The problem with being told I’m strong is that it seems to give onlookers permission to let me be, do little, and go on as usual. I hate being told I’m strong because of all the hidden messages with it.
My doctor and I had conversation where I was asked if I really wanted to know about the true nature of this illness. She said, is it better to know than not to know? She said that at least knowing, I can be prepared. She said I’m taking it well and that I’m a strong woman. I’m strong when I can be but when strength is gone I require what everyone else requires, a friend. But if people have the idea that I’m strong at all, I’ll get left. People will forget me or maybe they’ll push me to the background and go on with life as usual denying that I’m falling apart because it’s easier for their pain. It feels so negative. Alone. Labeled strong for the self preservation of others.’ Yeah this is bad but she can do it, she can take it.’ I hate being called strong.
Today I was neither strong nor weak. I just managed through some severe fatigue and a few flashbacks from the hospitalization. My CNA was here when I was lying down and the flashbacks started. I turned over and dropped a few tears because the thought of doing that ever again is heavy. It took two or three minutes of silent tears and I was able to gather myself. I cry so quietly that unless you’re right beside me you may not realize it at all. The CNA didn’t know a thing which is exactly the way I wanted it.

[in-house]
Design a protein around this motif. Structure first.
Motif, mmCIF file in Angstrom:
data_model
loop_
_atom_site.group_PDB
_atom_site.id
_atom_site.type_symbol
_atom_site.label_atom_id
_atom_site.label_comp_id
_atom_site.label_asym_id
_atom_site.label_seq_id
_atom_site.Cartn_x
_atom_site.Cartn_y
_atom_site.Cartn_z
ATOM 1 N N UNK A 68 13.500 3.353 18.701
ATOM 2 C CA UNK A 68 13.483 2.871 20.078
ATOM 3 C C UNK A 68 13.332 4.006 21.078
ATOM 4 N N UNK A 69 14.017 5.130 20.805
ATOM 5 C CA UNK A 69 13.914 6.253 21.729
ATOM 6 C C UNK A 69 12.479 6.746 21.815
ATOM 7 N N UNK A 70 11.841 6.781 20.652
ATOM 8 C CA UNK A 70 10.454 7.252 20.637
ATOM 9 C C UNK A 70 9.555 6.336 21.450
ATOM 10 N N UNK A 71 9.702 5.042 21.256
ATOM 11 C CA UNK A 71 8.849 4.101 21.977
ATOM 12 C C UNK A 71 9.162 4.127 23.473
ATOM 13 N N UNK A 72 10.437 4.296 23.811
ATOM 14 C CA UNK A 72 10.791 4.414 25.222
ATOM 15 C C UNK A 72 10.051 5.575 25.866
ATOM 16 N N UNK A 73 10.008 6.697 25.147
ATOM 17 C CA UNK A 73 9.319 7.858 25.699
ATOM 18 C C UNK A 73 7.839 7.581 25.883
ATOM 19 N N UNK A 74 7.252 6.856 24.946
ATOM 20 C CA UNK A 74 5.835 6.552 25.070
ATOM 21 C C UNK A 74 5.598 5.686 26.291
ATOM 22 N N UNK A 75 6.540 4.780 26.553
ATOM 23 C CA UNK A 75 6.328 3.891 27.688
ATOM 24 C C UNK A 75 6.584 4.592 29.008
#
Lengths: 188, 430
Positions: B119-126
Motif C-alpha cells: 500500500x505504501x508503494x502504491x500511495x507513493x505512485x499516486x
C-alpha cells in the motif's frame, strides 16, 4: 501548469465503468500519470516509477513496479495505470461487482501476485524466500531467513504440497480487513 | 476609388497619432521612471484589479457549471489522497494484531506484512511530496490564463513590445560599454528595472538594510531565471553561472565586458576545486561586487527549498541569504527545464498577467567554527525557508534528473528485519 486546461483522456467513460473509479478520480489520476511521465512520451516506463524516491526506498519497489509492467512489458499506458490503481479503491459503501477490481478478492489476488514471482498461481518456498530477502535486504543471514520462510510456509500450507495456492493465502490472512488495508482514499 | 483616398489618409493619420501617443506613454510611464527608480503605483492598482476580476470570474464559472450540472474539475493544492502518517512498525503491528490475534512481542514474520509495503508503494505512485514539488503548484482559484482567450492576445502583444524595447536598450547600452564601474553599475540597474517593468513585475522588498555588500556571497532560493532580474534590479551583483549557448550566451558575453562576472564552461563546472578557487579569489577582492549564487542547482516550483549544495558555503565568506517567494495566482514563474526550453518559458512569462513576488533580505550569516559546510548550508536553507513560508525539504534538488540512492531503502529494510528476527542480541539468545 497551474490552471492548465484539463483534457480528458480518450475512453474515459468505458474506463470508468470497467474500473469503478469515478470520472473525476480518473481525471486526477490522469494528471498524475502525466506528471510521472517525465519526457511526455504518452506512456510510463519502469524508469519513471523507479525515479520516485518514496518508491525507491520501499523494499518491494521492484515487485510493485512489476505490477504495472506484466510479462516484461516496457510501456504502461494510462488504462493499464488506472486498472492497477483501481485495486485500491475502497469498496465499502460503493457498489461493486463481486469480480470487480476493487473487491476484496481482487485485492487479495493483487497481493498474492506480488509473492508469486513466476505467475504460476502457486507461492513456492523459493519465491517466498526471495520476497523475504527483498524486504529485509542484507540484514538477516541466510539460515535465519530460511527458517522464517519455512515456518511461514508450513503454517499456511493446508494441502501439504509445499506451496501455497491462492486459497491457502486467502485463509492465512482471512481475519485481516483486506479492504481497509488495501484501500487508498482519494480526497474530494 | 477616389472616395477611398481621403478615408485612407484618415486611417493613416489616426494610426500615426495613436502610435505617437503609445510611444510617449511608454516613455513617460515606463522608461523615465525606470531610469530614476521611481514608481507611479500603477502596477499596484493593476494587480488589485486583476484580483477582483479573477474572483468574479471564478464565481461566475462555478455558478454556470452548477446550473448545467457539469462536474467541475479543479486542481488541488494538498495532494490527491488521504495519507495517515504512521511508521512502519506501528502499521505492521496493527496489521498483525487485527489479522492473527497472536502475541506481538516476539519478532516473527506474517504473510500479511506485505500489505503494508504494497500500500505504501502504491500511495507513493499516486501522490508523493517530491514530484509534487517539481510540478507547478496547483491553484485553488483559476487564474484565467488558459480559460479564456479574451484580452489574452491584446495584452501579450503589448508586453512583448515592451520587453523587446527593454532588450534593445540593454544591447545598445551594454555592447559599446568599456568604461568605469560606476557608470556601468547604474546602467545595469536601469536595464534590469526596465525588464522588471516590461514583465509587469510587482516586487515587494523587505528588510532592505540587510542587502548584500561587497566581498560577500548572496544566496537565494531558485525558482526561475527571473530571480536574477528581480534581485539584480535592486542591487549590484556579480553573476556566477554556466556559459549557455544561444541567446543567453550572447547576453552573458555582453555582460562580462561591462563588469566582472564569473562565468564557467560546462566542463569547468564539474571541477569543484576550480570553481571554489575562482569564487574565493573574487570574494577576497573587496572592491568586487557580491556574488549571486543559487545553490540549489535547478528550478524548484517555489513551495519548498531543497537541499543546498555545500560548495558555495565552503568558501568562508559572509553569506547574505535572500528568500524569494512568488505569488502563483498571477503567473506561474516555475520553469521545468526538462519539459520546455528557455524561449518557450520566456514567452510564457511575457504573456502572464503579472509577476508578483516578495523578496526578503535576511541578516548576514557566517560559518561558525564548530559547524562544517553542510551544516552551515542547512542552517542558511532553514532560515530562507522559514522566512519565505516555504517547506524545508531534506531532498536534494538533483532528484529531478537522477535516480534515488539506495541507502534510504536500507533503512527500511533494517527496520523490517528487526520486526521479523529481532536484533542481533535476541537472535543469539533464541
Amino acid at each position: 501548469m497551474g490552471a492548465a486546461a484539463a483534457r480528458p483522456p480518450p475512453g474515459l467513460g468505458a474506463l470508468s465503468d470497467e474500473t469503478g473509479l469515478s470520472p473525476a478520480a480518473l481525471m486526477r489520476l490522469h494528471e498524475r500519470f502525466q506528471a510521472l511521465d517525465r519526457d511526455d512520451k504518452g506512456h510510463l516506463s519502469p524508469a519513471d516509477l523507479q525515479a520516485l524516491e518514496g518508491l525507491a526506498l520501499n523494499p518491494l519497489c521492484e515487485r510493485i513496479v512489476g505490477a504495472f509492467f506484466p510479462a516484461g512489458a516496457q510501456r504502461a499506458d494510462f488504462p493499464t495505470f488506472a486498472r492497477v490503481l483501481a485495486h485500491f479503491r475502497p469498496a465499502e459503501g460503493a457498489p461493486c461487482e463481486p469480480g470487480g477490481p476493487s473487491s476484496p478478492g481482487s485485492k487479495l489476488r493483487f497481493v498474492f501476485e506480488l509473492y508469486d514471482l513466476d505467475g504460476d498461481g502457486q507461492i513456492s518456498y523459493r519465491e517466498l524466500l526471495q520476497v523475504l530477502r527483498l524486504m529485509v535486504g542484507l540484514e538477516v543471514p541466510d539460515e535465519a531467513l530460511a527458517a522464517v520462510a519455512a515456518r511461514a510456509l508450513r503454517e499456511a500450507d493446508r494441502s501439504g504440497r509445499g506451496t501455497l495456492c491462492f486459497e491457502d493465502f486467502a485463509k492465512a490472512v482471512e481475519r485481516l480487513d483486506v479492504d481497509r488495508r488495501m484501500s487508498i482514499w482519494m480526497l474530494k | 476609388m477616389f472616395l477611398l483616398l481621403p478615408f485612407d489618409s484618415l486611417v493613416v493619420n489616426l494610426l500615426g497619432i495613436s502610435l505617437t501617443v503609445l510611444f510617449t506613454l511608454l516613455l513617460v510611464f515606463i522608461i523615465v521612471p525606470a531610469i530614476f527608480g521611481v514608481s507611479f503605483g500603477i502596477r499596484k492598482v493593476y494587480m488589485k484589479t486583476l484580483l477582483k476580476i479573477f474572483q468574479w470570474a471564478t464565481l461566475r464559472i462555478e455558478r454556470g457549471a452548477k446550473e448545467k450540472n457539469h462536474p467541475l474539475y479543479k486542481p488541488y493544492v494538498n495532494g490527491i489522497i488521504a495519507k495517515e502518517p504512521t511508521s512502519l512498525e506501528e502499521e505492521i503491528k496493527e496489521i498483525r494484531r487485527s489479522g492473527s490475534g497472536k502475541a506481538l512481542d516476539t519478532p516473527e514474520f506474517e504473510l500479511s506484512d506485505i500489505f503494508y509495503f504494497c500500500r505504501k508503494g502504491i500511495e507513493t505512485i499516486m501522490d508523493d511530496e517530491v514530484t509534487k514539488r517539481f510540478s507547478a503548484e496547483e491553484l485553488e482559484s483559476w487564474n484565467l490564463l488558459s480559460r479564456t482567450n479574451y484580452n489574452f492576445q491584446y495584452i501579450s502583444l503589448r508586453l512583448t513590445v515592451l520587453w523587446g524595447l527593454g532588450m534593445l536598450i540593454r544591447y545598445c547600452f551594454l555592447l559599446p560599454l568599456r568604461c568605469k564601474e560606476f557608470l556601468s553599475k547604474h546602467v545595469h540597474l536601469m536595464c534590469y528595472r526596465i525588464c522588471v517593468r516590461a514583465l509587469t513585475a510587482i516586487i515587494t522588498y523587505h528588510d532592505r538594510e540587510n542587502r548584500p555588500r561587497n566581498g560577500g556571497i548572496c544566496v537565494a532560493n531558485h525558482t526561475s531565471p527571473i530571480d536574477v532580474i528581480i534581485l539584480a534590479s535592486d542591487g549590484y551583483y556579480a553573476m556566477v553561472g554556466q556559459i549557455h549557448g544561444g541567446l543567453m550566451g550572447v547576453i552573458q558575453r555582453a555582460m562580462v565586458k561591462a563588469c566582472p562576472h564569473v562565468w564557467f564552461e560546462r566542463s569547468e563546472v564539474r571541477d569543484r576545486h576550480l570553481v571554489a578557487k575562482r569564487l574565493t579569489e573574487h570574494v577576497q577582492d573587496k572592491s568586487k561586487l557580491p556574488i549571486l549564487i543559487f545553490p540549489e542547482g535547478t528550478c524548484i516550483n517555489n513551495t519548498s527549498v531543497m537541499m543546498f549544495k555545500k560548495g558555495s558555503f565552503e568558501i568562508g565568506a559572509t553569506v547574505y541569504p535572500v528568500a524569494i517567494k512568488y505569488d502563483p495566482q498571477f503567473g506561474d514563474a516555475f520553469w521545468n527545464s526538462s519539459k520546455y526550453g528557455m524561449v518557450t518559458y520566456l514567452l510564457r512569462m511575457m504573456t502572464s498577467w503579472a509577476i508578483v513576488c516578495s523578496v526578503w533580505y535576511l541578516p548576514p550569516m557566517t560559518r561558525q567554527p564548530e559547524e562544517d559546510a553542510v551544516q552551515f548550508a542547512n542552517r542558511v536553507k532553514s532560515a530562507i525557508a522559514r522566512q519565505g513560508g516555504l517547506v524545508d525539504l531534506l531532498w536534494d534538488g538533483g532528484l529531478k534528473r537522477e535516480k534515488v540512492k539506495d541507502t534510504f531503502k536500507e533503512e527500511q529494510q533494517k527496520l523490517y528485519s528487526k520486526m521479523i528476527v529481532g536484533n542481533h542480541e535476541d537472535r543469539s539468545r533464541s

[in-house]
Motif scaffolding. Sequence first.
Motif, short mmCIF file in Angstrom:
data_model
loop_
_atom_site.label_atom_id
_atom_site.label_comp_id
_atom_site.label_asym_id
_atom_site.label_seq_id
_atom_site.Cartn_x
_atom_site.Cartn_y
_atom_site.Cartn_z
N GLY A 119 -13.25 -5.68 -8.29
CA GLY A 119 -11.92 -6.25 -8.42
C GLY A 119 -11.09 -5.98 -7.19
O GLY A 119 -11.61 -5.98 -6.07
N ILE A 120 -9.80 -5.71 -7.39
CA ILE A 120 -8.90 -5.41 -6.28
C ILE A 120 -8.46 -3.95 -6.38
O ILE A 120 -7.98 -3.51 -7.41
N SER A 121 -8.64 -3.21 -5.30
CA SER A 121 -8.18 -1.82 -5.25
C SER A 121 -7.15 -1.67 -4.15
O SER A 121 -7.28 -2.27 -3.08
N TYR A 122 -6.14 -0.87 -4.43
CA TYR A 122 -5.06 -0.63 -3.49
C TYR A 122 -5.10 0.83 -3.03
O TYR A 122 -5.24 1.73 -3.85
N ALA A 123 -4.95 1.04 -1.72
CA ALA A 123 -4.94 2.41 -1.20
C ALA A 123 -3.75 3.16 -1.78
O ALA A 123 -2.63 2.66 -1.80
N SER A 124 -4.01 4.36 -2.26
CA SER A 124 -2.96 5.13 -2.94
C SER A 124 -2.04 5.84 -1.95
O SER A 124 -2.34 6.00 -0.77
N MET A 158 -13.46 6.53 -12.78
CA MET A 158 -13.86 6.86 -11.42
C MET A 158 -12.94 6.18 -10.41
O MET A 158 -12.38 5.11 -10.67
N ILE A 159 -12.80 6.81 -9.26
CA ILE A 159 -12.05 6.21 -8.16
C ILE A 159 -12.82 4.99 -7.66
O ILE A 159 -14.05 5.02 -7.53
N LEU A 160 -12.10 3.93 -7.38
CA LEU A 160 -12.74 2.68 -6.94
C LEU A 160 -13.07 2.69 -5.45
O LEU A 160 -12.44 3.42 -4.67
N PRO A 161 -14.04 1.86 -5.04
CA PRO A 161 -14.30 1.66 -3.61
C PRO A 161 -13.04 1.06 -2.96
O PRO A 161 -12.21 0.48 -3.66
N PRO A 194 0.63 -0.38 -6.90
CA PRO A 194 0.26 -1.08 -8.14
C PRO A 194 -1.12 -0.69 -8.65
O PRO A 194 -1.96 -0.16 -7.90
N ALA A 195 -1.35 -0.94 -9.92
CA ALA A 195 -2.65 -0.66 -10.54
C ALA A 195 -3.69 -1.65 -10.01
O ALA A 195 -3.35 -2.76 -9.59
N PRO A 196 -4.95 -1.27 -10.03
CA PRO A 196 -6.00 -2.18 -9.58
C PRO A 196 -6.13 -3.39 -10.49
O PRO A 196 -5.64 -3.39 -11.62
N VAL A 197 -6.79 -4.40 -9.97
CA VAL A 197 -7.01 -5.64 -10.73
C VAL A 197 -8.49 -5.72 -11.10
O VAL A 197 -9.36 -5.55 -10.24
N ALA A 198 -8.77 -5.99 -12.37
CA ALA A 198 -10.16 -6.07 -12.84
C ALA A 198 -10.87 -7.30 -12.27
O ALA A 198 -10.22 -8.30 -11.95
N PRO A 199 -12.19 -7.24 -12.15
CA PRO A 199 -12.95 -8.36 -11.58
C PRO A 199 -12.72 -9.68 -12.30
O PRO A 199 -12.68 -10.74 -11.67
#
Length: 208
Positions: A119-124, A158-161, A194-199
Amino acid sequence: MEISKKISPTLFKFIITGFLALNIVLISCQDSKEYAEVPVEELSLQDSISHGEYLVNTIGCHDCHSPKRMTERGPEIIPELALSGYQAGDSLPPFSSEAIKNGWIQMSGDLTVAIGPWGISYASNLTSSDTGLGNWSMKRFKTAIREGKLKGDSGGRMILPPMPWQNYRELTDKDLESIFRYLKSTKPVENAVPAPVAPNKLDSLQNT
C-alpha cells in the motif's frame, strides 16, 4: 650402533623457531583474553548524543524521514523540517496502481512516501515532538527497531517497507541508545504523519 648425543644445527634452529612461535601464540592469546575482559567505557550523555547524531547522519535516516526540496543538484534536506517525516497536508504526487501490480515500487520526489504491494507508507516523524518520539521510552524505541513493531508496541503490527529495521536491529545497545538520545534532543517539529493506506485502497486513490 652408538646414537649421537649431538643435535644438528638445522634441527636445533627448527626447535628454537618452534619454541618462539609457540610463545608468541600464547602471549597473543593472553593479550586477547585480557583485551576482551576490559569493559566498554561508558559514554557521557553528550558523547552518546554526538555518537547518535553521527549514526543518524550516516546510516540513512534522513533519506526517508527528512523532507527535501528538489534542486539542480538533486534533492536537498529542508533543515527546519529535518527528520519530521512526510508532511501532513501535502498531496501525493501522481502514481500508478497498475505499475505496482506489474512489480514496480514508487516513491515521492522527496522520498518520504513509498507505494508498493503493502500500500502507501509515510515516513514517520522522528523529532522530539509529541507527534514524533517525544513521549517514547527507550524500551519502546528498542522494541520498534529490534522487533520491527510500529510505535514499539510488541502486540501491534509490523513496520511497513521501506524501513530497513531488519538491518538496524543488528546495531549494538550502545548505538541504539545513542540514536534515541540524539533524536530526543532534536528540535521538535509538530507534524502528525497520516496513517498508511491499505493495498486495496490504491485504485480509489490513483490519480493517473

As the doctor said, knowing means I can be prepared. I can, and so can the doctors. They know what to look for. They know the signs and how bad it can quickly get. (My heart is so heavy.) So yes, it’s better to know what medications, what procedures, what surgeons and what hospital should be involved. We know who will speak for me if I can’t speak for myself. Most of all we know this mixed up, emotional, half broken, headstrong woman wishes to live.